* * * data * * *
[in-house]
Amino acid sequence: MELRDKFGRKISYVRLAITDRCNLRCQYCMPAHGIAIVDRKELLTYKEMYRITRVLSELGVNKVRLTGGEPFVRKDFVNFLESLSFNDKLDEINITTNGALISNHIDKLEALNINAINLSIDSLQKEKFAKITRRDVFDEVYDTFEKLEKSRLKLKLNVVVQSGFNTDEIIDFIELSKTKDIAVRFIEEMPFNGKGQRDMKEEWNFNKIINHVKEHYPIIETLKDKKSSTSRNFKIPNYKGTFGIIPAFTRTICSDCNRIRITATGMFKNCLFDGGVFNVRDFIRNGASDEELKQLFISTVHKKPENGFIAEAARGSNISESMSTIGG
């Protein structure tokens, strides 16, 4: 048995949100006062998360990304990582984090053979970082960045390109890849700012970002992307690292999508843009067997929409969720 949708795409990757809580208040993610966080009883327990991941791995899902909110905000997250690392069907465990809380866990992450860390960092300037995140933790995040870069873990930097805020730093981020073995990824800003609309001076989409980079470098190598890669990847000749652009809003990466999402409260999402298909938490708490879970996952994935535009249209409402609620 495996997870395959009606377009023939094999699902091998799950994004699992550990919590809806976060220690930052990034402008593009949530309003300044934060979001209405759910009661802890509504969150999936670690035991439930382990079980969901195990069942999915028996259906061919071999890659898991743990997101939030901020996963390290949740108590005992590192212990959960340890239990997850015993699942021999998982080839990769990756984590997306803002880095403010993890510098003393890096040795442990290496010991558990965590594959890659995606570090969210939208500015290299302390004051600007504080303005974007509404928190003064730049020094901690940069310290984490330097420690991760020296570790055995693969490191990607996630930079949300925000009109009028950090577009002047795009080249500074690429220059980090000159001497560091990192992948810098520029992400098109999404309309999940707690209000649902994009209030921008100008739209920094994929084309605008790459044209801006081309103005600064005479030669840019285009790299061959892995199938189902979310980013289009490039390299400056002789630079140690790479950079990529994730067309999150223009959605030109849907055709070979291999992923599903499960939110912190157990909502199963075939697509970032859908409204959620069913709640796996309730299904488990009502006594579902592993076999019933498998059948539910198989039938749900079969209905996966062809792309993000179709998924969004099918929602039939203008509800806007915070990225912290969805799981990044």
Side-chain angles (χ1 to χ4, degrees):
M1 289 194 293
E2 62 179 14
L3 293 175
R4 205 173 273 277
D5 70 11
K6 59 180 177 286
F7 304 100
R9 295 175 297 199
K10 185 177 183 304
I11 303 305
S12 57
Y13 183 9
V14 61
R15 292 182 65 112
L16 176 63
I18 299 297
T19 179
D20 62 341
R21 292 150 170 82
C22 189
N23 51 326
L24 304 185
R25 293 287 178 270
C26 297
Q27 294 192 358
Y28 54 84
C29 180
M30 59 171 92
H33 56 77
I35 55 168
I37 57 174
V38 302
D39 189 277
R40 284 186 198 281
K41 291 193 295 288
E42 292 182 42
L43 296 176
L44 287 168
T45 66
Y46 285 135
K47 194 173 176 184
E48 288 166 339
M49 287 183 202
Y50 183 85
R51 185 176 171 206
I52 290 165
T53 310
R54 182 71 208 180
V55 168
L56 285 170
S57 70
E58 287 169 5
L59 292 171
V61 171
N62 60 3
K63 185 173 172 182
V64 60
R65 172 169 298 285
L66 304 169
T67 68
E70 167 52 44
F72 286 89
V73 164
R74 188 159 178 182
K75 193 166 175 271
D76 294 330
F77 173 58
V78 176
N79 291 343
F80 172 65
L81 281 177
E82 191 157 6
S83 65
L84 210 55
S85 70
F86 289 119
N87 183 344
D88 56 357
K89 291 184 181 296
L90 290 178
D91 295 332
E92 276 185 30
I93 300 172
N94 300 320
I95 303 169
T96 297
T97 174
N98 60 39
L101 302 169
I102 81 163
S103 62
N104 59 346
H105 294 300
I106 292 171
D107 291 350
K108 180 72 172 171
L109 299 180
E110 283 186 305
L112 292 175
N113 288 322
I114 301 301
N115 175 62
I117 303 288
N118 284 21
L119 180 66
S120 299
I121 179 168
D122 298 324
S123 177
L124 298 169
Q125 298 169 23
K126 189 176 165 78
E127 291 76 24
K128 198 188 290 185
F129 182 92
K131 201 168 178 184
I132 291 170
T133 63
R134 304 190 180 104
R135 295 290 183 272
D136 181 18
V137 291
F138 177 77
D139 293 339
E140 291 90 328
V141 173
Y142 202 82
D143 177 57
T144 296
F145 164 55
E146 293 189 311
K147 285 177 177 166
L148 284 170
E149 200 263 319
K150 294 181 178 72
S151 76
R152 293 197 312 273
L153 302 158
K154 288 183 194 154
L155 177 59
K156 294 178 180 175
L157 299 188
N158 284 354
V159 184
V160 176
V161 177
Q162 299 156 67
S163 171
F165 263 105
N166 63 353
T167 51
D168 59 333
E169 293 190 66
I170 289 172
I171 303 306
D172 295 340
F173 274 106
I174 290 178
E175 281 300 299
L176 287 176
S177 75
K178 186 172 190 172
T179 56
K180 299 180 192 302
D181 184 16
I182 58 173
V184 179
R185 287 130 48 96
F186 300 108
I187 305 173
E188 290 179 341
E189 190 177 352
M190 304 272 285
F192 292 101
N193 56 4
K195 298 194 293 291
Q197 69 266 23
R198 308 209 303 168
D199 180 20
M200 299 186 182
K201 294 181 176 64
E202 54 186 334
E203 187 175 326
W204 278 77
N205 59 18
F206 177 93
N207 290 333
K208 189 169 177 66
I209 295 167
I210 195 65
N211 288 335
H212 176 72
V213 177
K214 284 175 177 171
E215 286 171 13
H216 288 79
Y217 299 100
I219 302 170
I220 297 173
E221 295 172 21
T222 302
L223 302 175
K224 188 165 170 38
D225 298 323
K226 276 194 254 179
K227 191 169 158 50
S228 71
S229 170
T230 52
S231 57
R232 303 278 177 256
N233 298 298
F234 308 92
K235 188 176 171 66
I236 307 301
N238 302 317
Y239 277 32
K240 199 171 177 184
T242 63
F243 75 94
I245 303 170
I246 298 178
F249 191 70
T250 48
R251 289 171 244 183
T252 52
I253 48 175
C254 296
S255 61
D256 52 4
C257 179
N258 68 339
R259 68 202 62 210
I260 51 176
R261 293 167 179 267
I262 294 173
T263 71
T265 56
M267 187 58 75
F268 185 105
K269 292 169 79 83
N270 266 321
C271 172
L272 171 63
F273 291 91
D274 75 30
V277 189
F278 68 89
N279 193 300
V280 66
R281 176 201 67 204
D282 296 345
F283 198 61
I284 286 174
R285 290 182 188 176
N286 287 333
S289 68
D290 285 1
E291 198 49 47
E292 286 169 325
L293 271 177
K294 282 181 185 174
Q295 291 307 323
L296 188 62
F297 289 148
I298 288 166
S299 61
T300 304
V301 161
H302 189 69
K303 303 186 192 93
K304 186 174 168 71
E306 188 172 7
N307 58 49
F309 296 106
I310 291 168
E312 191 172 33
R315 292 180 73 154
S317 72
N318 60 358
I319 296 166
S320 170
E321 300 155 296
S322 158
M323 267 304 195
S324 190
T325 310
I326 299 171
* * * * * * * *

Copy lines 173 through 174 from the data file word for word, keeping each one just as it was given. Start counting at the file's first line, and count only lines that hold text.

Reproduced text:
F186 300 108
I187 305 173